The Apple II microcomputer used a quad timer 558 in monostable (or "one-shot") mode to interface up to four
"game paddles" or two joysticks to the host computer.
A similar circuit was used in the IBM personal computer.[9] In the joystick interface circuit of the IBM PC, the
capacitor (C) of the RC network (see Monostable Mode above) was generally a 10 nF capacitor. The resistor (R) of
the RC network consisted of the potentiometer inside the joystick along with an external resistor of 2.2 kilohms.[10]
The joystick potentiometer acted as a variable resistor. By moving the joystick, the resistance of the joystick
increased from a small value up to about 100 kilohms. The joystick operated at 5 V.[11]
Software running in the host computer started the process of determining the joystick position by writing to a special
address (ISA bus I/O address 201h).[12] [13] This would result in a trigger signal to the quad timer, which would
cause the capacitor (C) of the RC network to begin charging and cause the quad timer to output a pulse. The width of
the pulse was determined by how long it took the C to charge up to 2/3 of 5 V (or about 3.33 V), which was in turn
determined by the joystick position.[12] [14]
Software running in the host computer measured the pulse width to determine the joystick position. A wide pulse
represented the full-right joystick position, for example, while a narrow pulse represented the full-left joystick

Atari Punk Console

One of Forrest M. Mims III's many books was dedicated to the 555 timer. In it, he first published the "Stepped Tone
Generator" circuit which has been adopted as a popular circuit, known as the Atari Punk Console, by circuit benders
for its distinctive low-fi sound similar to classic Atari games.

Pulse-width modulation
The 555 can be used to generate a variable PWM signal using a few external components. The chip alone can drive
small external loads or an amplifying transistor for larger loads.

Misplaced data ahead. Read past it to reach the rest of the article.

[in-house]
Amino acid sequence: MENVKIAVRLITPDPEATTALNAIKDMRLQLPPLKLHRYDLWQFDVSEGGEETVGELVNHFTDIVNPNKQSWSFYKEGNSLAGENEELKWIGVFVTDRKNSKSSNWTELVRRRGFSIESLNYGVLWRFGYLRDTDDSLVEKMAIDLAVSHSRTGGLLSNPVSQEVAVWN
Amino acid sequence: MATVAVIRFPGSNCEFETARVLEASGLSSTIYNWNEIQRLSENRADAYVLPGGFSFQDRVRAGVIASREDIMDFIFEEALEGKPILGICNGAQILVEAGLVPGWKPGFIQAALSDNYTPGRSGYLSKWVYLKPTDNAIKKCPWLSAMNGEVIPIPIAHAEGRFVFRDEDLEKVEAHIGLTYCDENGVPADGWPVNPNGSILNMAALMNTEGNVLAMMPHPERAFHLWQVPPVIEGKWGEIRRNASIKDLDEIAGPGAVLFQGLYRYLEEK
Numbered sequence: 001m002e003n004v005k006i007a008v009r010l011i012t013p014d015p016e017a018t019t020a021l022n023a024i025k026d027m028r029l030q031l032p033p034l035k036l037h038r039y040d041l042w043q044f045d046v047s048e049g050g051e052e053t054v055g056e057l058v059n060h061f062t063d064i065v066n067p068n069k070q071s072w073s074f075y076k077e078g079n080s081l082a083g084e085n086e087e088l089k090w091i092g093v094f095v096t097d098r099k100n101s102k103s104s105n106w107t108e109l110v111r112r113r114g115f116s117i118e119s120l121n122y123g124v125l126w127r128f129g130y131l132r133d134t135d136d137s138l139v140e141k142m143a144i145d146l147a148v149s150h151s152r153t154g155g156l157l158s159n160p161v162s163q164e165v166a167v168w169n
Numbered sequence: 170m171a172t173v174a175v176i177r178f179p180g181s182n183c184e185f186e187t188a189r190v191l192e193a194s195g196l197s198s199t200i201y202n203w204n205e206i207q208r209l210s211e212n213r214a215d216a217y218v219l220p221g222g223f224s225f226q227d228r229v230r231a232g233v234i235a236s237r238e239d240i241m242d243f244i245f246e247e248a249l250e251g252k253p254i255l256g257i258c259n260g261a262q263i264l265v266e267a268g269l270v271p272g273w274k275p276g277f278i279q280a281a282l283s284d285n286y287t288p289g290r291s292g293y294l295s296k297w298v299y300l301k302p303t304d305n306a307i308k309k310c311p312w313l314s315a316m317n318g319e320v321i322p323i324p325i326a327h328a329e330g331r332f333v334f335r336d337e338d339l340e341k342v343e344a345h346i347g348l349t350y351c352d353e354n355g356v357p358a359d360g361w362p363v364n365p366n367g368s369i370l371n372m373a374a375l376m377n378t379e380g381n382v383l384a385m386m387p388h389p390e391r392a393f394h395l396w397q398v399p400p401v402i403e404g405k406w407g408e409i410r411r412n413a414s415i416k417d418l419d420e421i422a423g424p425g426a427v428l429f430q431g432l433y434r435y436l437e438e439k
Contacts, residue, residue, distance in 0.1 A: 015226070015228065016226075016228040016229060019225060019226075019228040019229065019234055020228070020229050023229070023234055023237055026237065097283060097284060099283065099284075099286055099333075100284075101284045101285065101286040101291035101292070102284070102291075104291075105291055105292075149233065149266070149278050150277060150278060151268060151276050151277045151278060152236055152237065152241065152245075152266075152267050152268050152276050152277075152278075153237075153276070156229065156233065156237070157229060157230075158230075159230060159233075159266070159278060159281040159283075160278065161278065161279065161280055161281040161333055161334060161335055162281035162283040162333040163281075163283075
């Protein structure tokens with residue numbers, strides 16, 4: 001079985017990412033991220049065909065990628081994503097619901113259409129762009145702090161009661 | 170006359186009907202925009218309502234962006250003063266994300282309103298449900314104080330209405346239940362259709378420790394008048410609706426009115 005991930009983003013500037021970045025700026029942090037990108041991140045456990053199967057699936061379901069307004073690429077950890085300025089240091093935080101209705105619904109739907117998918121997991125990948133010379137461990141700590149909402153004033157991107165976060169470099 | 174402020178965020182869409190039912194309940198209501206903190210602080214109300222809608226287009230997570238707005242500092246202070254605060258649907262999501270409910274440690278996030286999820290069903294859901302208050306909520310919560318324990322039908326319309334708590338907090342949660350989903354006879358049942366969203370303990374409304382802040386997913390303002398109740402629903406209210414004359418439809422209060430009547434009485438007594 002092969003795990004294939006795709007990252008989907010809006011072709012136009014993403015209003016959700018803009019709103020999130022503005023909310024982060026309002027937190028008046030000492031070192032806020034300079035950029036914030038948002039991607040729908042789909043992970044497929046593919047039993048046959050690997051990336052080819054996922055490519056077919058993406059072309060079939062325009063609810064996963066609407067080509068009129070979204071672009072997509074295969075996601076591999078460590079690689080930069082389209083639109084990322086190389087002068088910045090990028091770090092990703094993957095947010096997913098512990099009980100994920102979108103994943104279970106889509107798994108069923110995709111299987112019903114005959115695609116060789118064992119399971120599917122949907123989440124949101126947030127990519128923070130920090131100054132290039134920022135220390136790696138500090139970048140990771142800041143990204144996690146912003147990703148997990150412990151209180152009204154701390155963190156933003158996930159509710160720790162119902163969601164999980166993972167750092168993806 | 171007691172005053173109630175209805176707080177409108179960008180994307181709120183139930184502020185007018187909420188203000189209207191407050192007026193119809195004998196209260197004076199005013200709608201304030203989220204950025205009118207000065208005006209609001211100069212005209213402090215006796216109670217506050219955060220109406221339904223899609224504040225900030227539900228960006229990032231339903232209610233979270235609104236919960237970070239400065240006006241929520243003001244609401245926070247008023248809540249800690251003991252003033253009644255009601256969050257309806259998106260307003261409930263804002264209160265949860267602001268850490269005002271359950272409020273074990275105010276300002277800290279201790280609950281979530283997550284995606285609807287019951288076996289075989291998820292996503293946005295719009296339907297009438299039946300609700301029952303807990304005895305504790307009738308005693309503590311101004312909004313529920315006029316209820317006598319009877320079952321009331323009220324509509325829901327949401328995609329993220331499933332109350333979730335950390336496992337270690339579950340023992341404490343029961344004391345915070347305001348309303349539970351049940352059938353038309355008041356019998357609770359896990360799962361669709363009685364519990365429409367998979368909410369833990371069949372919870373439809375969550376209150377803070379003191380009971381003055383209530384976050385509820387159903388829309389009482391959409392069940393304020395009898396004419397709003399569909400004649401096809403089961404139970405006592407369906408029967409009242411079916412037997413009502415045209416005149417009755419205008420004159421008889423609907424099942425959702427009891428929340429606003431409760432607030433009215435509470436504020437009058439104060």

555 timer IC 6

[1] van Roon, "pg. 1" (http:/ / www. sentex. ca/ ~mec1995/ gadgets/ 555/ 555. html)
[2] Scherz, Paul (2000) "Practical Electronics for Inventors," p. 589. McGraw-Hill/TAB Electronics. ISBN 978-0-07-058078-7. Retrieved
[3] Ward, Jack (2004). The 555 Timer IC - An Interview with Hans Camenzind (http:/ / www. semiconductormuseum. com/ Transistors/
LectureHall/ Camenzind/ Camenzind_Page2. htm). The Semiconductor Museum (http:/ / www. semiconductormuseum. com/ ). Retrieved
[4] van Roon, Fig 3 & related text.
[5] Jung, Walter G. (1983) "IC Timer Cookbook, Second Edition," pp. 40–41. Sams Technical Publishing; 2nd ed. ISBN 978-0-672-21932-0.
Retrieved 2010-04-05.
[6] van Roon, Chapter "Monostable Mode." (Using the 555 timer as a logic clock)
[7] van Roon Chapter: "Astable operation."
[8] http:/ / www. customsiliconsolutions. com/ products-for-ASIC-solutions/ standard-IC-products. aspx
[9] Engdahl, pg 1.
[10] Engdahl, "Circuit diagram of PC joystick interface"
[11] Engdahl, "Joystick construction" (http:/ / www. epanorama. net/ documents/ joystick/ pc_joystick. html#introduction).
[12] Engdahl, "PC analogue joystick interface" (http:/ / www. epanorama. net/ documents/ joystick/ pc_joystick. html#pc_interface).
[13] Eggebrecht, p. 197.
[14] Eggebrecht, pp. 197-99

Further reading
• IC Timer Cookbook; 2nd Ed; Walter G Jung; Sams Publishing; 384 pages; 1983; ISBN 978-0-672-21932-0.
• IC 555 Projects; E.A. Parr; Bernard Babani Publishing; 144 pages; 1978; ISBN 978-0-85934-047-2.
• 555 Timer Applications Sourcebook with Experiments; Howard M Berlin; Sams Publishing; 158 pages; 1979;
ISBN 978-0-672-21538-4.
• Timer, Op Amp, and Optoelectronic Circuits and Projects; Forrest M Mims III; Master Publishing; 128 pages;